Radical Brad
09-17-2012, 07:16 PM
Yes, it is completely unnoticeable and will ride just like a two wheeler for traction.


09-18-2012, 11:25 AM
Thanks for all the excellent feedback. My build experience is limited to this Voyageur (http://www.brennans.net/adrian/bike/), so please excuse the newbie trike questions.

Moving on from going to stopping, according to the description the Aurora has dual rear disc brakes. How does braking on one side effect steering? Does the trike stop in a straight line when one rear brake is applied?


09-18-2012, 11:42 AM
I only have one disk brake on the back of my DeltaWolf and it is on the driven wheel. I notice no pull to the side when the brake is applied.

09-18-2012, 12:44 PM
I only have one disk brake on the back of my DeltaWolf and it is on the driven wheel. I notice no pull to the side when the brake is applied.

Thanks Tuff. Time to buy the plans and start on a new trike I think...

09-18-2012, 10:38 PM
when it comes to one wheel braking, there is a very slight pull to the braked side. I proved this in the only way possible.
An elastic band on the brake and hands off the bars!
It is so slight that you cannot really feel it when your hand is gripping the brake lever-thus holding the bars!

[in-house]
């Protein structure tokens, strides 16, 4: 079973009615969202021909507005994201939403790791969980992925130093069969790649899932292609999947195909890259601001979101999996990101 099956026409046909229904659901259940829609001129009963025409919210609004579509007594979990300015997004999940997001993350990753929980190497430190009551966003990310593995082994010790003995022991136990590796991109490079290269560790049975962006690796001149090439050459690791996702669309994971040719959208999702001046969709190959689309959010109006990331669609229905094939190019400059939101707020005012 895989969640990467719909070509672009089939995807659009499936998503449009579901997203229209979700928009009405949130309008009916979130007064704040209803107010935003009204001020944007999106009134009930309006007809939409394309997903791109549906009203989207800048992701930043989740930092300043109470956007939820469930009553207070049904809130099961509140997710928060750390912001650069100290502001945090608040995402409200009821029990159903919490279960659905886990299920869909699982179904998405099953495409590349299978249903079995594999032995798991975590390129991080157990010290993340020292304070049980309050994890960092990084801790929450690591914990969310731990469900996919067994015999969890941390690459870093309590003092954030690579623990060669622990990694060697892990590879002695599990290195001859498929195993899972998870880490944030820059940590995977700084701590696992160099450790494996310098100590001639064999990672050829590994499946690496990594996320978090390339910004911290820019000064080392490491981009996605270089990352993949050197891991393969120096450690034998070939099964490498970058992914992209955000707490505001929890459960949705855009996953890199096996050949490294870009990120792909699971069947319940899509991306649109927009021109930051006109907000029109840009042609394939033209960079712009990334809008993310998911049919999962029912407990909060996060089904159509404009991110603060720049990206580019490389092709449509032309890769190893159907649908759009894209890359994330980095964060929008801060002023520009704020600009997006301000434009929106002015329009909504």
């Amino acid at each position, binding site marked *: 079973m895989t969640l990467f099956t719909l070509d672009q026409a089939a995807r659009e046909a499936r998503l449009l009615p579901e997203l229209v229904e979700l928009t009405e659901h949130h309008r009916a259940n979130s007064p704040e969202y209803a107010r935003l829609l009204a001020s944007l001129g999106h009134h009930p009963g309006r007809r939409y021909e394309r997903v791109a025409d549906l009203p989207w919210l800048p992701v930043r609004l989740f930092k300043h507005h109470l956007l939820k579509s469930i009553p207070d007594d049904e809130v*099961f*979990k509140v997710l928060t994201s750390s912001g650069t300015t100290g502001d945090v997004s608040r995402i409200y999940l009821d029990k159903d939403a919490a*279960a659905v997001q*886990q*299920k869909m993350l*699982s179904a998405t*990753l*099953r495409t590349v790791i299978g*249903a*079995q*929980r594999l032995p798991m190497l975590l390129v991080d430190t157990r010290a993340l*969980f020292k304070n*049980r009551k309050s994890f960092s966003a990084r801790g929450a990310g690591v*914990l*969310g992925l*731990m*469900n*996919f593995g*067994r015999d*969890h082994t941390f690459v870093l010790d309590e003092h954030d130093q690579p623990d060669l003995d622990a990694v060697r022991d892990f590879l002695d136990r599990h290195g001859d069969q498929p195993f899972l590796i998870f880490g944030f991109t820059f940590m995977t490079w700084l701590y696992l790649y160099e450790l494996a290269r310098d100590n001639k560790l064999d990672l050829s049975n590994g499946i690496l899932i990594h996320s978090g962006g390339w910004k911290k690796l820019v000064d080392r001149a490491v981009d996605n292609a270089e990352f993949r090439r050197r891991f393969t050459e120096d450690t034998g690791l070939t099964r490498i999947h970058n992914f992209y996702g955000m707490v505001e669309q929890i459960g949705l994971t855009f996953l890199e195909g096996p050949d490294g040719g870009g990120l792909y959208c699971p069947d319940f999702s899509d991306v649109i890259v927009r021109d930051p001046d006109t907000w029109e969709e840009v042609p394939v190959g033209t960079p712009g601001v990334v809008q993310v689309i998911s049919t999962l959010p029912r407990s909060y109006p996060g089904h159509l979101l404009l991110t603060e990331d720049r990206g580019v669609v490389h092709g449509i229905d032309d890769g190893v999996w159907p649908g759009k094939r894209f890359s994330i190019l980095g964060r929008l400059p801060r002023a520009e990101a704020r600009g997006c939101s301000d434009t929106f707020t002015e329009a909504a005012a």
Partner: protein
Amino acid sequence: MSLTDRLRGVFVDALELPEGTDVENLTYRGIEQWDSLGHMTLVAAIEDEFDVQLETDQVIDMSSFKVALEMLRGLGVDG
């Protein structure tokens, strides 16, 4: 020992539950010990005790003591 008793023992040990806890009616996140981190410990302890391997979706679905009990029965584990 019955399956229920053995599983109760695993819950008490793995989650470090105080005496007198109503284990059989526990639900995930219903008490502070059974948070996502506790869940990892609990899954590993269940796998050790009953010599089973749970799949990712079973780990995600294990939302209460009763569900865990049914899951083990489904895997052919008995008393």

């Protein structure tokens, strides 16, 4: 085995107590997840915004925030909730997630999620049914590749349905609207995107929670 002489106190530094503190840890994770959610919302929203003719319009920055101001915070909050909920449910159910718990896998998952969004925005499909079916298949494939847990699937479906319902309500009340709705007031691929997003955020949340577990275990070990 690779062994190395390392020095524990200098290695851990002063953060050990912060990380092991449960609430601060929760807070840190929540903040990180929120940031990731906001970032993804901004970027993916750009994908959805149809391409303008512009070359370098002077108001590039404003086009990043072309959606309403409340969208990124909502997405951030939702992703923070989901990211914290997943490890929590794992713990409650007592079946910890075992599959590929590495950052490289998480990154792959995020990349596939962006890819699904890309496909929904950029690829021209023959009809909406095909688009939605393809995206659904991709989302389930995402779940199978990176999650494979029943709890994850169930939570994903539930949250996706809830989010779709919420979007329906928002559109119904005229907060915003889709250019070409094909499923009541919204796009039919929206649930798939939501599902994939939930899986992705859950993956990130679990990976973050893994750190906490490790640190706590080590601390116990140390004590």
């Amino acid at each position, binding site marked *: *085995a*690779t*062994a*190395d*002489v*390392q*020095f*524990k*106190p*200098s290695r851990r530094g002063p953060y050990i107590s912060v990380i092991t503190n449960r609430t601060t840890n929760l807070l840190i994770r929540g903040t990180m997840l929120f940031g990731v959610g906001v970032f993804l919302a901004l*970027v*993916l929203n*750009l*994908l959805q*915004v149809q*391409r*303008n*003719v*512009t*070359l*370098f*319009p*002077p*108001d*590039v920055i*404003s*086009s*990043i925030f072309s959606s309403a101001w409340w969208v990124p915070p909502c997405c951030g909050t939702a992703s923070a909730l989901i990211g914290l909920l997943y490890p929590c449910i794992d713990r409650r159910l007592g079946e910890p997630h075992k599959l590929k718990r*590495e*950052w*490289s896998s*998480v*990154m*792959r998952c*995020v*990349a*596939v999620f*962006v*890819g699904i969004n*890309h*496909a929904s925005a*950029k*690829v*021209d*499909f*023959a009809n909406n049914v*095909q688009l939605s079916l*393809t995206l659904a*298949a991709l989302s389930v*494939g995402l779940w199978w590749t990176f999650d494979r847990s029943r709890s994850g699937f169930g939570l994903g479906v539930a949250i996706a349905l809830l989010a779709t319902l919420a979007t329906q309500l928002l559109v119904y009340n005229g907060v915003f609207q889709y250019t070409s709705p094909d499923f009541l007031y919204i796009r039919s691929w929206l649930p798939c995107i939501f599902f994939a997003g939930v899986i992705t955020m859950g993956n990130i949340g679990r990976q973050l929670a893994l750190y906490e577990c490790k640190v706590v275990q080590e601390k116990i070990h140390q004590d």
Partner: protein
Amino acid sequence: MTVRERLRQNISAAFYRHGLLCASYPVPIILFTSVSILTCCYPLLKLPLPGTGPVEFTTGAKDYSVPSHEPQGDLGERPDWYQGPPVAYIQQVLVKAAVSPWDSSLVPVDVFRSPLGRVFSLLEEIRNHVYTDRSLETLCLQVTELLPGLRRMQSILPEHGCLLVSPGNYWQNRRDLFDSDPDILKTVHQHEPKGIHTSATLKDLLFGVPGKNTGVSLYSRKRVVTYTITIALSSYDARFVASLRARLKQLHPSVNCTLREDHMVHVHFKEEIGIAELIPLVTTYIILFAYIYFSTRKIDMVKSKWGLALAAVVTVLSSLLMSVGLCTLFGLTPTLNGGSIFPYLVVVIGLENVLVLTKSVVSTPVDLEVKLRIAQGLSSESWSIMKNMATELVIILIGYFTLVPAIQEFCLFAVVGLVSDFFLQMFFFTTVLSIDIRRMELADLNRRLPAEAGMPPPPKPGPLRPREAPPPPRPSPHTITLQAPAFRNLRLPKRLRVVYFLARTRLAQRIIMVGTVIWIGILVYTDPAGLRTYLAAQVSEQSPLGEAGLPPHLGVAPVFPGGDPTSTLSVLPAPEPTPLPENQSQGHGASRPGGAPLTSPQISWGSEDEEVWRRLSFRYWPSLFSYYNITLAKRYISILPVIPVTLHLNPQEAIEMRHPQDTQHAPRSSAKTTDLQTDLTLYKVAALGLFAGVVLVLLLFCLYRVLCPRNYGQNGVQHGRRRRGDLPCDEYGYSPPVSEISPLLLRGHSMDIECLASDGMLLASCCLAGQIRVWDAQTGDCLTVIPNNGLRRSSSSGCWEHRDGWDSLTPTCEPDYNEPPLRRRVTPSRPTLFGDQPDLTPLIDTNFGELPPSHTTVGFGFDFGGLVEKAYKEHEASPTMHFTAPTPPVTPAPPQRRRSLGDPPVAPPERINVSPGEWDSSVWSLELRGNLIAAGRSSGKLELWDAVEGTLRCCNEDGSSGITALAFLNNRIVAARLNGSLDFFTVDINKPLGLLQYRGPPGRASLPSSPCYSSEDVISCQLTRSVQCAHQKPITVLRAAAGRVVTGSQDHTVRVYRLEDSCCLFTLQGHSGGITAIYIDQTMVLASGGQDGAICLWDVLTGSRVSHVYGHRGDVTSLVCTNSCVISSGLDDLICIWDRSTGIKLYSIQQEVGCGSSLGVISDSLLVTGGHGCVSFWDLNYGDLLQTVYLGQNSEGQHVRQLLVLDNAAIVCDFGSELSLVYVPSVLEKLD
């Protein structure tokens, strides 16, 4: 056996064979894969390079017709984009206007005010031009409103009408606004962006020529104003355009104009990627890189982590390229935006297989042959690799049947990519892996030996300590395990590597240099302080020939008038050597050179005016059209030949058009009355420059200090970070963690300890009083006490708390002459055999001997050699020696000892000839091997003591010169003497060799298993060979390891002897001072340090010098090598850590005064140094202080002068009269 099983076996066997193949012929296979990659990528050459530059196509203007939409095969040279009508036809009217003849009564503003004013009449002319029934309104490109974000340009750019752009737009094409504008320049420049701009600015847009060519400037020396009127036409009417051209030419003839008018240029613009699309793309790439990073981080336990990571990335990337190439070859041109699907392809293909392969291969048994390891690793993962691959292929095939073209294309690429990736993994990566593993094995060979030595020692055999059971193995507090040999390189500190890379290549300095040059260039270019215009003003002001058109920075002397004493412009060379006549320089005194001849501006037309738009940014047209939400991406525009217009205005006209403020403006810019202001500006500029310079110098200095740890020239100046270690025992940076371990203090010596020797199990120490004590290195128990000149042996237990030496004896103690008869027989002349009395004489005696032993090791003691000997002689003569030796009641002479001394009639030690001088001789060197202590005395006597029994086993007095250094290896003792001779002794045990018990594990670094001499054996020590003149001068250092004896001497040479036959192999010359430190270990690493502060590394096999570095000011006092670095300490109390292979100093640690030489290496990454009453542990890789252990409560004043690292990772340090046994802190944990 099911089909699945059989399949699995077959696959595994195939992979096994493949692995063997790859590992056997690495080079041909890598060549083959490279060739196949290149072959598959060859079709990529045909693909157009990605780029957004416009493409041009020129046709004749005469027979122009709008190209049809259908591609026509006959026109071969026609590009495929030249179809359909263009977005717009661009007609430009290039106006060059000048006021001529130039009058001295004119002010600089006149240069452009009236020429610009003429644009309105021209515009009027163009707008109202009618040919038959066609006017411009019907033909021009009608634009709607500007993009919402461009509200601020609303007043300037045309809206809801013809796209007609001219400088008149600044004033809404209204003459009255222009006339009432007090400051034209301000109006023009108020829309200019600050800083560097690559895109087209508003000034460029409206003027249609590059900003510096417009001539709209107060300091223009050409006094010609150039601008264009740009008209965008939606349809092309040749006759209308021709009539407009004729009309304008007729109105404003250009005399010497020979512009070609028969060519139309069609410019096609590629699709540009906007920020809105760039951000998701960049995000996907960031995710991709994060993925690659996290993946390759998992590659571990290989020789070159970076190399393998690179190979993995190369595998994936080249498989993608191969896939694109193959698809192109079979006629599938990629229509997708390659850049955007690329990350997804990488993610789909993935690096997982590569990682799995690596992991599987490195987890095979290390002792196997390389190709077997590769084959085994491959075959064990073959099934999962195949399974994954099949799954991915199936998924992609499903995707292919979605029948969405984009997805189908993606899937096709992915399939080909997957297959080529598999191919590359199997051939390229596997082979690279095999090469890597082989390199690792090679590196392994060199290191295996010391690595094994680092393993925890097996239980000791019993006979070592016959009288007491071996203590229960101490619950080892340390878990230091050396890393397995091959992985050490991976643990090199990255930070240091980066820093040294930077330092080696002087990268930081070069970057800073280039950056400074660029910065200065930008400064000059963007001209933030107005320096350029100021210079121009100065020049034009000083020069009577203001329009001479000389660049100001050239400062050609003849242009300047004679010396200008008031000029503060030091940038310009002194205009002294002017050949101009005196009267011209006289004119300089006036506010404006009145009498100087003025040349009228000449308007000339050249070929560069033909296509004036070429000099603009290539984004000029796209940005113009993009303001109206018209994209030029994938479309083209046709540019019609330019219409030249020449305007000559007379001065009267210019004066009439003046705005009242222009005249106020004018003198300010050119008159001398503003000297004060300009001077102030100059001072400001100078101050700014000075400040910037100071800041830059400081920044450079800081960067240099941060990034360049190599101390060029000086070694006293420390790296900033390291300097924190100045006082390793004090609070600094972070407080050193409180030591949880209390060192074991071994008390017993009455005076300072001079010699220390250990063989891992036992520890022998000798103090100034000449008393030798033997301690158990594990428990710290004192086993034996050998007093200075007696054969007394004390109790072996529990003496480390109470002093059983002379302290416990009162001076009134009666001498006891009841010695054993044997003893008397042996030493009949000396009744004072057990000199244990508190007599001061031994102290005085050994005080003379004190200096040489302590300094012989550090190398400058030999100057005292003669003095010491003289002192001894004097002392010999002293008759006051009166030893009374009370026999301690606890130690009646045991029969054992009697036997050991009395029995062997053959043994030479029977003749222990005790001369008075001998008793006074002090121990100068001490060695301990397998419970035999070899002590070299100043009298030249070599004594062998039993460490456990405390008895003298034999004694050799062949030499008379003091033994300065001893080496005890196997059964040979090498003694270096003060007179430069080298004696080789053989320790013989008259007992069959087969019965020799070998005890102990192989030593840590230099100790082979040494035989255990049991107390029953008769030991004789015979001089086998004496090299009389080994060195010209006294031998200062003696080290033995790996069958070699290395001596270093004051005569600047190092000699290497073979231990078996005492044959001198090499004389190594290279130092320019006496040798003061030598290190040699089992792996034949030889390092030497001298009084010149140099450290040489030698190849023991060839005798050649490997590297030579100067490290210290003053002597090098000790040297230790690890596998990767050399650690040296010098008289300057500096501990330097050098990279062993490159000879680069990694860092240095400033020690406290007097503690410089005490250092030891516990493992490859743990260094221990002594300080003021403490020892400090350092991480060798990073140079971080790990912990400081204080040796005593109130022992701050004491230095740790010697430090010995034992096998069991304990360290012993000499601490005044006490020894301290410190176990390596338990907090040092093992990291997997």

If you had a seperate, frame mounted brake where you could apply the brake with hands totally free of the bars, it will pull slightly. I suppose the shorter the wheel base the more the pull, but it is slight.
Even when you do lock up a real wheel, the trike still tracks dead straight! Because the un-braked wheel keeps it on a straight line.
This is one case where practice completely over-rides any engineering theory!
The advantage of braking on two rear wheels is that you still have brakes when the load one wheel is reduced.
Put it this way--Assume you are moving along the side of a hill, moving slightly down hill--just rolling along.
The hill gets steeper, so you go a bit faster Your brake is on the high side of the hill.
There is very little weight on the high side wheel, and heaps on the low side (you are nearly rolling over!!
So you hit the brakes. The wheel locks instantly because there is no weight on it , and you keep rolling accross the hill at an ever increasing speed.
In this situation you only have two ways to get brakes -turn down the hill to get weight onto the braked wheel -safer way,
or turn up the hill --the instinctive response--when you roll over instantly!.
Now apply the same ideas to a corner, and you will see that (with, say, right side braking) you have reduced braking in a right hand turn. It does not take much of a turn to cancel out the brake.
So if you intend off road use, or in a hilly area, I suggest you need dual rear brakes. In dead flat Beijing it is not an issue.
While we talk of brakes and hills, it is a good time to throw in a hint that you build in a parking brake now, and not after the final paint job, and the trike/ quad has just rolled over your foot!
A well built trike or Quad is almost usable as a builders level!
Steve G